Darwin is saying that evolution has a role in it. We have a history. Therefore, if we have a history, it will tell us
something about our capacity to reason.
All of life had a single point from which it begins; a monophyletic origin. If it had this origin, it then radiated into all
the various life form we have now; it’s this modification that is the definition of evolution. We can take a comparative
approach to the study of minds.
Lock claimed that there was nothing in our heads to begin with; Darwin was saying, through revolutionary
theory, there had to be a historical origin.
Darwin argues against the blank slate. It does raise the question, how does that we know get into our heads?
At the simplest level, Darwin would say that there is wide variation in how we deal with the world; some successful,
some not, but the ones that work will multiply over time. It is a little like Descartes; we have fixed ideas a parameters
in or heads.
We wouldn’t exist as a species, if we didn’t want to take care of our offspring. If you are a mother who produces an ugly thing, then
we are dispositioned to not like it. Therefore, we are genetically made to think our offspring are cute, so that we make them, and
want to look after them. We are kind towards helpless infants, and it predisposes us to behave specially to young things.
Teddy bears then and now are also different looking over the course of 100 years. Teddy bears have become more and
more baby like, because they tap into the consumer’s likelihood of choosing a babied teddy.
Perceptions of the brain
A logical reasoning device with an explicit data store; manipulator of symbols/concepts
The truth of the matter is that brains evolved to make things happen in the world, but to act on the word. A tree
doesn’t have a brain, because things are far too slow for a tree to have a brain.
We are both deductive and inductive
Jean Piaget
Started out as a biologist, got interested in children, and worked with them. He was involved in the development of IQ tests
for children, as was interested in how small children engage with the world. The idea at the time was that children were just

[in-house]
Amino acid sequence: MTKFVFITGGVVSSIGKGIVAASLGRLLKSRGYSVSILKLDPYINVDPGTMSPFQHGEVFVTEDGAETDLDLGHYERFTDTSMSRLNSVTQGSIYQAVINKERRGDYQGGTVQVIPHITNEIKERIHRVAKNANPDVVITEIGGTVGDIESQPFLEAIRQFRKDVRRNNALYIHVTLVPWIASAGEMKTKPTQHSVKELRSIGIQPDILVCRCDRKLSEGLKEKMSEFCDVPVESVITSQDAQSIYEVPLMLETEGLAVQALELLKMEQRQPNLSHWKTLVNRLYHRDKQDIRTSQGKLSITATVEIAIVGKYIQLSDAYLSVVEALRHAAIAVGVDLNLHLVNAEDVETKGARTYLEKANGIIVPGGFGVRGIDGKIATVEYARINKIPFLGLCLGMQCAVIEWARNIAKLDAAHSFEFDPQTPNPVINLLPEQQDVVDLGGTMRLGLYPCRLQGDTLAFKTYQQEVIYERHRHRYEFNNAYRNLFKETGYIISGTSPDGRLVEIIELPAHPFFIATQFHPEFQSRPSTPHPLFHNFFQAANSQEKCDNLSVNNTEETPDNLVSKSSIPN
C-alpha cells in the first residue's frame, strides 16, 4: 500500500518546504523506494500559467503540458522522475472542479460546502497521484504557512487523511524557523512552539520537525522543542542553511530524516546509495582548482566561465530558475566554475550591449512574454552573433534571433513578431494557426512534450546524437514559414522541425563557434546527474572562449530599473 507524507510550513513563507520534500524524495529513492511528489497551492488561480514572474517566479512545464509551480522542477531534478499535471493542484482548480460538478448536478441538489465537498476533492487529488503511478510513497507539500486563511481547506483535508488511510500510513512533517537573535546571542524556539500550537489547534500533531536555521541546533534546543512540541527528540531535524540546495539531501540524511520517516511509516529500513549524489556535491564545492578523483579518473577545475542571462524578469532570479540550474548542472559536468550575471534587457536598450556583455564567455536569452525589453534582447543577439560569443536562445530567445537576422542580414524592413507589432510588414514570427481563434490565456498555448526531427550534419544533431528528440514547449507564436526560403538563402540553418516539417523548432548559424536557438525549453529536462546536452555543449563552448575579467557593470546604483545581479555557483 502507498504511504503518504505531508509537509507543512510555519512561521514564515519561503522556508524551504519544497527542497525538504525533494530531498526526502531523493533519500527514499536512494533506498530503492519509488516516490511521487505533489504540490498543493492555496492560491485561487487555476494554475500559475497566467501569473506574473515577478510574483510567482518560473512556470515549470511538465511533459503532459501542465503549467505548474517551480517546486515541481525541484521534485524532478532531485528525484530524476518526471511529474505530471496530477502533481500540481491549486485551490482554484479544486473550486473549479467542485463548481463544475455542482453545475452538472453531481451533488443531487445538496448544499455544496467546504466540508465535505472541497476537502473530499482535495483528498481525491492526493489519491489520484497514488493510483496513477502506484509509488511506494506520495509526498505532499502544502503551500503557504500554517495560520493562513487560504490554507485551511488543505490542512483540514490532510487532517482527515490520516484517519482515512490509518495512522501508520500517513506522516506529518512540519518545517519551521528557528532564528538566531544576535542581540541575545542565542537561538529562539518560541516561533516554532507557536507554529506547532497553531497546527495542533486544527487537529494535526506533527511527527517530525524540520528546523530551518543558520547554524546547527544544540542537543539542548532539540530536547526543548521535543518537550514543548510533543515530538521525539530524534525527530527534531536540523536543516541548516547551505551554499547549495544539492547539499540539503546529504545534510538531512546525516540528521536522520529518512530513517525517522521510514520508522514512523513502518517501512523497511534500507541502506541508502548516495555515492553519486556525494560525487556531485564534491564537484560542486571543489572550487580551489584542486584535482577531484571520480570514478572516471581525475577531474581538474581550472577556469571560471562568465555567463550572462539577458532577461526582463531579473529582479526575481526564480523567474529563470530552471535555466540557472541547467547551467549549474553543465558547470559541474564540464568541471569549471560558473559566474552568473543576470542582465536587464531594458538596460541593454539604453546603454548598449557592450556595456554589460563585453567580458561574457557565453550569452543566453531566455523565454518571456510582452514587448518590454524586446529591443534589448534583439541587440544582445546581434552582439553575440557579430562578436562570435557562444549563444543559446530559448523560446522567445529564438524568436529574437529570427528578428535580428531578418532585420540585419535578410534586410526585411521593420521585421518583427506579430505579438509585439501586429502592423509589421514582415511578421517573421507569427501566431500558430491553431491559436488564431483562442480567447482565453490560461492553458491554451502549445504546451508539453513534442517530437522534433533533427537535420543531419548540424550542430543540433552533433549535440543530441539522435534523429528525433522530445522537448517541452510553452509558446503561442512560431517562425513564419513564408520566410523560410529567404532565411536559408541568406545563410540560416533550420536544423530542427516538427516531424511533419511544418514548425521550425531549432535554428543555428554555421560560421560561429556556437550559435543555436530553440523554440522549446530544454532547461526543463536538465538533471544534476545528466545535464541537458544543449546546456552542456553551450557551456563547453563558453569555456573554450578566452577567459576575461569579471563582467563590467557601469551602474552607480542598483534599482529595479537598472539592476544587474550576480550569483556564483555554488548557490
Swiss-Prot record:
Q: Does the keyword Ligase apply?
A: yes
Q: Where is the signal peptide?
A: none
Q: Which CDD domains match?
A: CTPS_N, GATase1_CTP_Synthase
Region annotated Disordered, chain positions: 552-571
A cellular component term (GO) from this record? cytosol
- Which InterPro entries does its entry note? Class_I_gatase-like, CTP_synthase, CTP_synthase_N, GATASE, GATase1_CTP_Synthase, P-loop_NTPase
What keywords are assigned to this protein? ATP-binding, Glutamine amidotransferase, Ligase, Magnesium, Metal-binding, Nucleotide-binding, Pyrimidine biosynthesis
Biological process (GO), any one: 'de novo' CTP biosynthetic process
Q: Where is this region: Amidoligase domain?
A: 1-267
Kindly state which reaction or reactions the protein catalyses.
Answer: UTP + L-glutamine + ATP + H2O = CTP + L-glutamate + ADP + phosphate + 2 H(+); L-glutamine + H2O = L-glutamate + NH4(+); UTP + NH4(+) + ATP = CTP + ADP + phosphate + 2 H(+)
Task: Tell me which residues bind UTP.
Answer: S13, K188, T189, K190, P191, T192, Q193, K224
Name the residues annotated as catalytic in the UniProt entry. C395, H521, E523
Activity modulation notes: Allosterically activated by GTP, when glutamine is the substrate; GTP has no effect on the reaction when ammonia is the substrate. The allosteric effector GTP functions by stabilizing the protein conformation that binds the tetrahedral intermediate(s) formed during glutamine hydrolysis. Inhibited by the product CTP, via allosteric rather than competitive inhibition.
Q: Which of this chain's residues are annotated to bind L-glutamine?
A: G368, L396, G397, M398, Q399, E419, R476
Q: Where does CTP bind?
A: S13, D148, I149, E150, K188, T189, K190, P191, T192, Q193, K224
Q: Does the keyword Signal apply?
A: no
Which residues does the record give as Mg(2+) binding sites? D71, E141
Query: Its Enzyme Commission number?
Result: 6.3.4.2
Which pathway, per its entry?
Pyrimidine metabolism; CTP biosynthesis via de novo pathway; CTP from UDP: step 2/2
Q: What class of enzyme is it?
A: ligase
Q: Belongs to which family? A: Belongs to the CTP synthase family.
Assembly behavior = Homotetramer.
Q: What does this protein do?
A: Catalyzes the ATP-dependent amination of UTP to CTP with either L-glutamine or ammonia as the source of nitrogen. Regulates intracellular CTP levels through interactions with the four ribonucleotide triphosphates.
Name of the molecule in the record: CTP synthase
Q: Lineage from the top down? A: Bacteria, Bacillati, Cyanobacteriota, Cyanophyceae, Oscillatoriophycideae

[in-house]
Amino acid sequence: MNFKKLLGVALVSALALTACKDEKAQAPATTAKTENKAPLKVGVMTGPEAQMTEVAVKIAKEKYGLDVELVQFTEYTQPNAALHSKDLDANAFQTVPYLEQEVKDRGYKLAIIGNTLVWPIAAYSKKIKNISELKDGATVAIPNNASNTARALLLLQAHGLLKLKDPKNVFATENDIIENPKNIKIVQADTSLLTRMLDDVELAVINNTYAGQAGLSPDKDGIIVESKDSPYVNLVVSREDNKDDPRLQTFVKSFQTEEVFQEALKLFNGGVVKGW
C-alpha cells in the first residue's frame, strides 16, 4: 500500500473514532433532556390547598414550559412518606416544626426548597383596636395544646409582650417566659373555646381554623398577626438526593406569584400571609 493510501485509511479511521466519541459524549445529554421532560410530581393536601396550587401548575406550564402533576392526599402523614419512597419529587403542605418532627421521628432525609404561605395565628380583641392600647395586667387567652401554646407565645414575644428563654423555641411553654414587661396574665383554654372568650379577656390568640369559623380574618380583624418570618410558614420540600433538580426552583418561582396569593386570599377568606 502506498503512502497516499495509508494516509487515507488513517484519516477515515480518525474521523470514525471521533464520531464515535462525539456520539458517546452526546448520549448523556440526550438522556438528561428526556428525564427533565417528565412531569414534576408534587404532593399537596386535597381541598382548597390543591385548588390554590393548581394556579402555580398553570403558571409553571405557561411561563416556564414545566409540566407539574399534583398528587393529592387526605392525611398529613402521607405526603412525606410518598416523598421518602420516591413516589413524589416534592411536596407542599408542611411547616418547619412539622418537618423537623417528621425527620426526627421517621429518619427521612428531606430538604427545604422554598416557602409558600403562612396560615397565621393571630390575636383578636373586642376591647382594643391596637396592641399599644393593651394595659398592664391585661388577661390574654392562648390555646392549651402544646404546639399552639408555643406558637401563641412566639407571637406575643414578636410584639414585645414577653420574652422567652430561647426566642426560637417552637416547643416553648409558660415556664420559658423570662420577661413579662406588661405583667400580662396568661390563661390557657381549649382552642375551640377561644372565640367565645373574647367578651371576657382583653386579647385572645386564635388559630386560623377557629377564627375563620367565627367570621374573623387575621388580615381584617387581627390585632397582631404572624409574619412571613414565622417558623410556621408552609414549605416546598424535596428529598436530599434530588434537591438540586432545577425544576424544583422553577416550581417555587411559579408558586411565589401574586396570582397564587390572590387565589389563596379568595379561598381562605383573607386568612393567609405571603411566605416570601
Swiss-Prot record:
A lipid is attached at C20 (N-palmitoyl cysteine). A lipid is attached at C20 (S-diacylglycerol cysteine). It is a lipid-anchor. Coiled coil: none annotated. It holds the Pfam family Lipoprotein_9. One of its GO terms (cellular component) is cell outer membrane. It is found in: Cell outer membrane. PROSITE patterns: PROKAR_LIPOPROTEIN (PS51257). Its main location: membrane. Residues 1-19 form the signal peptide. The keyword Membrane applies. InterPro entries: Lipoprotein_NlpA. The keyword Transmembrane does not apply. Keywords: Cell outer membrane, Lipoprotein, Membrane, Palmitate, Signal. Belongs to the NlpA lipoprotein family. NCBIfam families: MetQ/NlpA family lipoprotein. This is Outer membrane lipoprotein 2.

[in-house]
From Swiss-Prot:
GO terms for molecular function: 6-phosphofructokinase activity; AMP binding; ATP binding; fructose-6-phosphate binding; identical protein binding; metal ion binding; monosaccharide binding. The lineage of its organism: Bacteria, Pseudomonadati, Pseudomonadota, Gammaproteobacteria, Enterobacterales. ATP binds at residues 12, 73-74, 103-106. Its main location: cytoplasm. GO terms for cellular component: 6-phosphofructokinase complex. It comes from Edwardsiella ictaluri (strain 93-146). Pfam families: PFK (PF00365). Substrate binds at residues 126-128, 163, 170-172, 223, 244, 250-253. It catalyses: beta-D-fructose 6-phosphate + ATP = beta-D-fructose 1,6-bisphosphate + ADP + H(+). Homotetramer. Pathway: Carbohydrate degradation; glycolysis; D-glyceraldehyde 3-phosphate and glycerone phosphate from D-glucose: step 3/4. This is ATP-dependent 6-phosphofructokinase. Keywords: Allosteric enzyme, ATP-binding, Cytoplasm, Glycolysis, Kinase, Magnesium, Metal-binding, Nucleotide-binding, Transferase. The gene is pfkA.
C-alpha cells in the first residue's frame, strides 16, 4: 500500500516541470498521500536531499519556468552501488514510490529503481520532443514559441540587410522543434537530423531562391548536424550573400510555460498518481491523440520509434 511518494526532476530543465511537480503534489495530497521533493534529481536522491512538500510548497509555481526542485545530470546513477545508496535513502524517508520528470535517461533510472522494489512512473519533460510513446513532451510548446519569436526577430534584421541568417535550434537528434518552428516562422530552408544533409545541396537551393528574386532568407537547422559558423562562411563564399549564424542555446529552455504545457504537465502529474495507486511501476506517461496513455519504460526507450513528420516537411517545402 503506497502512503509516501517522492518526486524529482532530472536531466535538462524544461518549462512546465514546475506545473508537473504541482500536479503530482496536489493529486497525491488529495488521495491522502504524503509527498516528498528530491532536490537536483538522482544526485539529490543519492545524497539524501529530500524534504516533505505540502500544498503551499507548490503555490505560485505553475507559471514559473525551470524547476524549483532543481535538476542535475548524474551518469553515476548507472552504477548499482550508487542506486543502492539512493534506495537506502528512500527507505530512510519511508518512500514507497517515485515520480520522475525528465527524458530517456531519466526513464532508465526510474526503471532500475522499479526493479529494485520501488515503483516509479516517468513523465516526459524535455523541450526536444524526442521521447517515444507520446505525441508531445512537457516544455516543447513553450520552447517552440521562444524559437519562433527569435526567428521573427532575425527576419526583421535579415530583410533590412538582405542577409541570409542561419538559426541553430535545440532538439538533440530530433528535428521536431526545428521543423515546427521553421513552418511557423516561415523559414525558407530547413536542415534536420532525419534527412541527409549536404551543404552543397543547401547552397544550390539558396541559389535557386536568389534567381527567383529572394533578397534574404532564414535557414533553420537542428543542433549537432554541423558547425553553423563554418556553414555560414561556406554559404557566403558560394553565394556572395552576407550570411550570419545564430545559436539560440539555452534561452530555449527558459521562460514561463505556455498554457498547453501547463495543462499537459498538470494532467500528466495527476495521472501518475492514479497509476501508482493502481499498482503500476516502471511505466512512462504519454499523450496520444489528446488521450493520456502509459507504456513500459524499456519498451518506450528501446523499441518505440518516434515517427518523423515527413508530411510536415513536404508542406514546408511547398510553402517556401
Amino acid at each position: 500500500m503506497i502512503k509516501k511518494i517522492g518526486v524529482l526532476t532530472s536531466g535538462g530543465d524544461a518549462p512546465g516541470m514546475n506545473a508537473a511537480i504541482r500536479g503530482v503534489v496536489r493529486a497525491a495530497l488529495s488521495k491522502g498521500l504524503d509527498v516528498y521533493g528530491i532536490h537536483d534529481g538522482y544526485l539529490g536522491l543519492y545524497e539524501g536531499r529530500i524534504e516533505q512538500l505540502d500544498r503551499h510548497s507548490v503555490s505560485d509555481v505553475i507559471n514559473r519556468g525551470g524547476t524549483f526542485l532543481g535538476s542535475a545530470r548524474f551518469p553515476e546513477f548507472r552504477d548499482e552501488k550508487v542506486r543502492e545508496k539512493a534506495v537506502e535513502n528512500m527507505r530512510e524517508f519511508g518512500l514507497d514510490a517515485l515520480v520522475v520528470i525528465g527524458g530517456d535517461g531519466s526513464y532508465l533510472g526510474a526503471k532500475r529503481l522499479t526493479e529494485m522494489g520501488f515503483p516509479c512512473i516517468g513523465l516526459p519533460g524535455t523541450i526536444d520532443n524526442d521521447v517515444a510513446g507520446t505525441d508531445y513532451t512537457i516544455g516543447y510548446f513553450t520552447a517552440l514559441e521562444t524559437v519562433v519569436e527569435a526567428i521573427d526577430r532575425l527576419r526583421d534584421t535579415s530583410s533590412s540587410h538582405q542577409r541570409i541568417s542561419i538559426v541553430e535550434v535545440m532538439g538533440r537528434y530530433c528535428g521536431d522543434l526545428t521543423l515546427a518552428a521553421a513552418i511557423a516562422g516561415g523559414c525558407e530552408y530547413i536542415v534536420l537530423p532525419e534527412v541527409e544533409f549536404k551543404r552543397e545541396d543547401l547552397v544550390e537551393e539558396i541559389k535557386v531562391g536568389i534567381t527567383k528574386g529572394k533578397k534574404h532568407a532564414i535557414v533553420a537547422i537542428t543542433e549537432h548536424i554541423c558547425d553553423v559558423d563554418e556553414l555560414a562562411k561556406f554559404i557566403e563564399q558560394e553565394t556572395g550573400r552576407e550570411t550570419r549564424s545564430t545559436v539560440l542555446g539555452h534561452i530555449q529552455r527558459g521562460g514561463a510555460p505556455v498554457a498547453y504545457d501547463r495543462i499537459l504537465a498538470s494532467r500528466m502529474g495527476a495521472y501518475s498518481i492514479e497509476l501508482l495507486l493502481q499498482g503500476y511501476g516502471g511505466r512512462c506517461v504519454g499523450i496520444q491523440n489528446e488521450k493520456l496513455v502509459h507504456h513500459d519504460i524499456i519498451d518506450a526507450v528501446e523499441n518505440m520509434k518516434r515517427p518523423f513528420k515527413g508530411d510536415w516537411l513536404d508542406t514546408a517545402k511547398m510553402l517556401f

stupid adults. Piaget argued that there was consistency if you looked long enough; what children really are scientists; they
act in the world. For us, the world questions.
His approach to this was Genetic Epistemology
How do we come to know what we need to know in order to preform the cognitive operations inherent in adult
human thought?
Note that this is not about learning “facts” but about acquiring conceptual understanding.
Not only is thought itself a biological adaptation, but we accrue the capacity for thought through process of adapting
to the world in which we find ourselves.
Knowledge is constructed through action and builds on itself.
Adaptation is assimilation and accommodation
It is also equilibrium and disequilibrium
When the world changes, you are thrown into disequilibrium, and you change the way you act. When
there is nothing going on, you don’t learn.
Sensorimotor Stage (Birth - 2yrs)
The characteristic limitation of this stage is ‘thinking by doing’. The sensorimotor infant gains knowledge through
action. You lean object permanence. There are features in the world that are there whether or not you are engaging
Concrete operations; provided that you can see what’s going on, you can figure out what’s going on.
Identity, compensation, reversibility. This is then inductive logic.
Deductive logic is something we all have. We’ve learnt that the world exists, that it exists in a couple of ways, etc.
E K 4 7
If a card has a vowel on one side then it has an even number on the other.